Using Physical Restraints on Students
Safety holds use physical restraint to restrict students’ freedom of movement when students pose an imminent and serious physical threat to themselves or others. When used correctly, the holds diffuse potentially dangerous situations, such as students’ attempts to use a weapon or otherwise injure themselves or others, some experts say.
However, safety holds are under serious scrutiny. Several years ago, the U.S. Government Accountability Office (GAO) conducted a study that analyzed reports of abuse or death stemming from these holds. GAO found that blocking a child’s air passages or otherwise restricting airflow, such as putting undue or prolonged pressure on the chest, could be deadly. Other studies noted the potential for psychological trauma, given the humiliating nature of the holds, and for an administrator to be physically harmed while restraining a student.
The following recommendations can help your K-12 school use holds effectively and minimize potential harm.
Follow These Best Practices Involving Holds
- Use holds only after all prior attempts to de-escalate the situation fail.
- Never use holds as punishment.
- Ensure that only officials trained in the use of holds administer them ─ and that the holds use the minimum force necessary.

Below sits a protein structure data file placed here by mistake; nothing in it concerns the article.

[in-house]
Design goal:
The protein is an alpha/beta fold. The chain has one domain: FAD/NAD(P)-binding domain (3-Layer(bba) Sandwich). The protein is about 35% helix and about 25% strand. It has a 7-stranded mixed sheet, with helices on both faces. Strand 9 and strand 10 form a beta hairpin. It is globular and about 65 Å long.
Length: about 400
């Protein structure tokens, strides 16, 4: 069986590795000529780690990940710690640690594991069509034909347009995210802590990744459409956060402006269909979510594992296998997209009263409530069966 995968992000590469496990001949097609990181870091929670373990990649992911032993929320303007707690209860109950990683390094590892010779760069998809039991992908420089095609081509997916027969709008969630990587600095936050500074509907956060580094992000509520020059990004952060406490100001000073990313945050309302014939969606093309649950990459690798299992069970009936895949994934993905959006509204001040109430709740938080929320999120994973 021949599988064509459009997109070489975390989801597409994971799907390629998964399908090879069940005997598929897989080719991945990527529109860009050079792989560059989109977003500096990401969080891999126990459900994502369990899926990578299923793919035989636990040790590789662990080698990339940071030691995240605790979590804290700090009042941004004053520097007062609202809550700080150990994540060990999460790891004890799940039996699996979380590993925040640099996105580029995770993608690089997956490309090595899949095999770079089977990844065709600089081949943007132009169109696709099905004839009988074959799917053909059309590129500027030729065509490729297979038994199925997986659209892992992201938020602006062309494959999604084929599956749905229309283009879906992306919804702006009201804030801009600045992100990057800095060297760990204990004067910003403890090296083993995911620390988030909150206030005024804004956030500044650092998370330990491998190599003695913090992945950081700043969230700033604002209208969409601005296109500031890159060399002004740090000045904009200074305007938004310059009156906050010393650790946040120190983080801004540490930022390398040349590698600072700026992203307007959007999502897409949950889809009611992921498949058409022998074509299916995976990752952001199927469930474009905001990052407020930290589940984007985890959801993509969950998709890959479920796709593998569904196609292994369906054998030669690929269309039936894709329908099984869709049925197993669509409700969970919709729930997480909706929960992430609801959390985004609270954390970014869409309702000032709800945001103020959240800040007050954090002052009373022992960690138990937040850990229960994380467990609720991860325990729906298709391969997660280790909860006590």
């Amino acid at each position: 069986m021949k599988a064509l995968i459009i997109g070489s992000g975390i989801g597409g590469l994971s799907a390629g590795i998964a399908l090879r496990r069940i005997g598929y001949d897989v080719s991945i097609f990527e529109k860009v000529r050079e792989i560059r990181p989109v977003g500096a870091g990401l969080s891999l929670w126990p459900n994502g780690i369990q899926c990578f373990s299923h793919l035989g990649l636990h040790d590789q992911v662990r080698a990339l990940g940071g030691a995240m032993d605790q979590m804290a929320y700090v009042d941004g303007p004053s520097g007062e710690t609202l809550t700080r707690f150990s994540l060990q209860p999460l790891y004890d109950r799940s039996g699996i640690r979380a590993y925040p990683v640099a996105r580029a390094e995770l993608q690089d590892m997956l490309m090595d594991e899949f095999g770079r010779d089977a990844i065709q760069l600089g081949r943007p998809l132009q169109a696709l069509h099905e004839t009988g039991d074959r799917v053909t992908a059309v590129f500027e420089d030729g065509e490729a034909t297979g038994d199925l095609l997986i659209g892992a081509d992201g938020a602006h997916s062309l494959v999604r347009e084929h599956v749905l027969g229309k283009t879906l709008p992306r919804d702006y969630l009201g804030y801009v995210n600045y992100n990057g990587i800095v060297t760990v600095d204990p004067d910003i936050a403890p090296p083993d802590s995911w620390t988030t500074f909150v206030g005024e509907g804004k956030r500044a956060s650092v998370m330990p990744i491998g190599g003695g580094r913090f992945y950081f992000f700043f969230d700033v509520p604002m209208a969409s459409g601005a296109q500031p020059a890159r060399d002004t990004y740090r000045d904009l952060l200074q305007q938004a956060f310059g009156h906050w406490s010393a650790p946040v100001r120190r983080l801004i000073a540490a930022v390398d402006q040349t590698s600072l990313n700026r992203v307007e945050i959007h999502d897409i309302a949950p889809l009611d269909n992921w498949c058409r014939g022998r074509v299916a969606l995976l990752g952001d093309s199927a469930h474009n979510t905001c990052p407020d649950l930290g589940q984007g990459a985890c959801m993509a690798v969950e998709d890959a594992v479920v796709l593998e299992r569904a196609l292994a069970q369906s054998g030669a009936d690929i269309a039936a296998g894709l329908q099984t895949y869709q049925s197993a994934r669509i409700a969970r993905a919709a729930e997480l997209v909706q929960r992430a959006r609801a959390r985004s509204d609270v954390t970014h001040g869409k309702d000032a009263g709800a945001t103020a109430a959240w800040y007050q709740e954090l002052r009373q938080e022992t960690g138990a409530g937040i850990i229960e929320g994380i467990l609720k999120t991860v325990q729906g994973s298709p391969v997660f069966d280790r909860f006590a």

- Conduct holds with another adult present.
- Ensure the nurse examines the student for signs of injury.
- Have the official who administered the hold inform the head of school as soon as possible and document the incident in writing.
- Require the head of school or other high-ranking official inform the parents immediately.
- Discuss the situation with the student and explain the reason the hold was used.
Review Your Policy on Safety Holds
Understand state legal requirements and ensure your safety holds policy:
- States its goals and clearly defines behaviors that would permit the use of holds
- Describes the types of restraints allowed and dictates training requirements for administrators
- Delineates reporting requirements to parents, head of school, and health center, or as required by state law
Ensure all staff, including volunteers and substitute teachers, are aware of your policy.
About the Author
Alyssa Keehan, Esq.
CPCU, ARM, Director of Risk Management Research & Consulting
Alyssa oversees the development of UE’s risk management content and consulting initiatives, ensuring reliable and trustworthy guidance for our members. Her areas of expertise include campus sexual misconduct, Title IX, threat assessment, campus security, contracts, and risk transfer. She previously handled UE liability claims and held positions in the fields of education and insurance.